Having found a number of allegations against Mr Sutcliffe to be proven (other allegations were not proven) the panel went on to consider whether this amounted to unacceptable professional conduct and/or conduct that may bring the profession into disrepute. It concluded that the conduct of Mr Sutcliffe fell significantly short of the standard of behaviour expected of a teacher and he was guilty of unacceptable professional conduct and conduct that may bring the teaching profession into disrepute.
Mr Sutcliffe may apply for the prohibition order to be set aside after 2 years, at the earliest. Without a successful application, the ban will continue.
What lessons can schools learn from this case?
The focus of the panel was on Mr Sutcliffe’s failure to treat pupils with dignity and respect and to safeguard their wellbeing. It is a reminder to staff not to judge pupils or seek to impose their own beliefs, including religious convictions. It is likely that schools will need to provide staff with much more training, in particular around gender issues.
Although the panel did not consider whether the Equality Act 2010 had been breached, any training provided to staff should cover the obligations of schools under the Equality Act, including the protected characteristics most likely to be relevant in relation to children and gender issues i.e. sex, gender reassignment disability and sexual orientation.
The provisions relating to gender reassignment protect people who propose to undergo, undergo or have undergone a process to reassign their sex. To be protected, a person may be at any stage of the transition process and they may change their mind, later on. They may never undergo a medical process. There could be a question over whether a child has meaningfully decided to make such a decision and therefore the protection afforded by the Equality Act may not apply in all cases. However, the decision of the TRA shows that irrespective of this, children have the right to be treated with dignity and respect.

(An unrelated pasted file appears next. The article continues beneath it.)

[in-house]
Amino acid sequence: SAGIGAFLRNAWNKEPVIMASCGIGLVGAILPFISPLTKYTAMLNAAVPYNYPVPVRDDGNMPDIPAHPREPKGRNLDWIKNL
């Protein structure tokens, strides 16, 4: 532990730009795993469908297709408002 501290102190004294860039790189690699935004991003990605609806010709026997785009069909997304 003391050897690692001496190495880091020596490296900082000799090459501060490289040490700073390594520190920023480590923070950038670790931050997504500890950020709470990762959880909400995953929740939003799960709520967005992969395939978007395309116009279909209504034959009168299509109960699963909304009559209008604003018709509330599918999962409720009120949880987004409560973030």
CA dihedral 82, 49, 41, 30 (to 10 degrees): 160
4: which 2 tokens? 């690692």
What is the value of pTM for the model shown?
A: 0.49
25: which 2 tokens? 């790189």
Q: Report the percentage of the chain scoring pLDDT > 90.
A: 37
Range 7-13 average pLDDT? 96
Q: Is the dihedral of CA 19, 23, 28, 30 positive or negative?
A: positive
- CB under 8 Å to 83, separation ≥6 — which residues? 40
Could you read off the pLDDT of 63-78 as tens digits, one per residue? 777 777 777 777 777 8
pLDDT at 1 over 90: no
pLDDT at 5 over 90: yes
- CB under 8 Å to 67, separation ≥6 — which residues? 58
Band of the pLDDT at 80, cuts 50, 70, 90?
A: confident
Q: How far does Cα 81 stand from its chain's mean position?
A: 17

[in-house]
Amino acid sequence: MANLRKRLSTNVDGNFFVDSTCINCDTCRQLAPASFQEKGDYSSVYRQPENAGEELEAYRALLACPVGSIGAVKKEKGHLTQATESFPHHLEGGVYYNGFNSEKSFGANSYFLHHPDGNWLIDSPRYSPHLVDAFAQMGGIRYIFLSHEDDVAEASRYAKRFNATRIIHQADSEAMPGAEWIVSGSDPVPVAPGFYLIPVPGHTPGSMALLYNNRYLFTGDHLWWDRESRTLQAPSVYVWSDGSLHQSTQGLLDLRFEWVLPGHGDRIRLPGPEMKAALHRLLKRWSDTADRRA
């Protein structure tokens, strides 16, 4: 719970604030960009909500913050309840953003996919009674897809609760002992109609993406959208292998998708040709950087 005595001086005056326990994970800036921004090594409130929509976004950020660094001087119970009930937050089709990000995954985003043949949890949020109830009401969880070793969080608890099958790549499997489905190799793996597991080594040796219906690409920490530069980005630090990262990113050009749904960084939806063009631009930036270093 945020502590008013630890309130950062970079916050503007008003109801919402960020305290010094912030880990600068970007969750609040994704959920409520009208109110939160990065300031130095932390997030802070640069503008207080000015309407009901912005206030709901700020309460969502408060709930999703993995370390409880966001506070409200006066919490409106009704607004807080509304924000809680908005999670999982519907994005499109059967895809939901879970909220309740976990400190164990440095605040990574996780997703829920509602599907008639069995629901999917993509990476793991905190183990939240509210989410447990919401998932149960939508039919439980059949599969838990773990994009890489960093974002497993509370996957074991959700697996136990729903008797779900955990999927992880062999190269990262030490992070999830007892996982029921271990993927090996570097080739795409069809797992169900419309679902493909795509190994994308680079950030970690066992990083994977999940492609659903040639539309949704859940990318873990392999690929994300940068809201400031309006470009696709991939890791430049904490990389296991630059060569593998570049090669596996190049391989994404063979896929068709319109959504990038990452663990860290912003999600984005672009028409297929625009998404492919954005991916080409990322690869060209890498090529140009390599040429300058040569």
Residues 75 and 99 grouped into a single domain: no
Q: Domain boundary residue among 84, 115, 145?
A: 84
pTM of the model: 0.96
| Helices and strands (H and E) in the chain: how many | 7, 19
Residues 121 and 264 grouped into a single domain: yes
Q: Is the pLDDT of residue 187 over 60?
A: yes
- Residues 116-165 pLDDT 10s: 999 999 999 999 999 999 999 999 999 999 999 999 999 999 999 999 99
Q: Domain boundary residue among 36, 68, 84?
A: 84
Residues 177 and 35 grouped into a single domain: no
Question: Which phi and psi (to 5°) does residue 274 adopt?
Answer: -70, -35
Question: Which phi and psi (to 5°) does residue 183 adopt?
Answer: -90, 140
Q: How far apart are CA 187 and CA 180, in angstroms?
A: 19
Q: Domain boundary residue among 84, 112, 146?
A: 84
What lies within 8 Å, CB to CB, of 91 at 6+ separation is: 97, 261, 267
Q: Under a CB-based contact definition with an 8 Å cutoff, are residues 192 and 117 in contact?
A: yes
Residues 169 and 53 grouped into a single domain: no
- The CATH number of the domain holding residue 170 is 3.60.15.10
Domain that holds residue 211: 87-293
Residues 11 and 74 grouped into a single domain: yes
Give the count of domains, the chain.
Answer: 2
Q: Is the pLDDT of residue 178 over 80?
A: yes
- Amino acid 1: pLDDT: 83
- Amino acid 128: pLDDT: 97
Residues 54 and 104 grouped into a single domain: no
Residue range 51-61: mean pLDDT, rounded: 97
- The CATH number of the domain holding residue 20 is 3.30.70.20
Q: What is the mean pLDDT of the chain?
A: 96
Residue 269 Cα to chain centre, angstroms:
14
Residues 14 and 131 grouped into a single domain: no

Imminent government guidance
The government’s long-awaited guidance to support schools in relation to transgender pupils is expected to be published this summer. This is desperately needed as there is currently a lack of clarity around a range of issues and schools are often caught in a cross-fire between opposing views and beliefs.
It is expected that the guidance will cover the very sensitive issue of whether schools should inform parents when a child questions their gender identity. It is also expected to say that schools should take a “case by case” approach to children experiencing “gender distress” – a process already adopted by many schools. We also understand that the guidance will state that allowing a child to change their name or pronouns can have a significant psychological impact. It is hoped that the implications of this are fully explained and that the guidance will provide the clarity that is currently lacking.
Contact Moore Barlow
If you or your school require support in this areas, please contact a member of the Moore Barlow Schools team.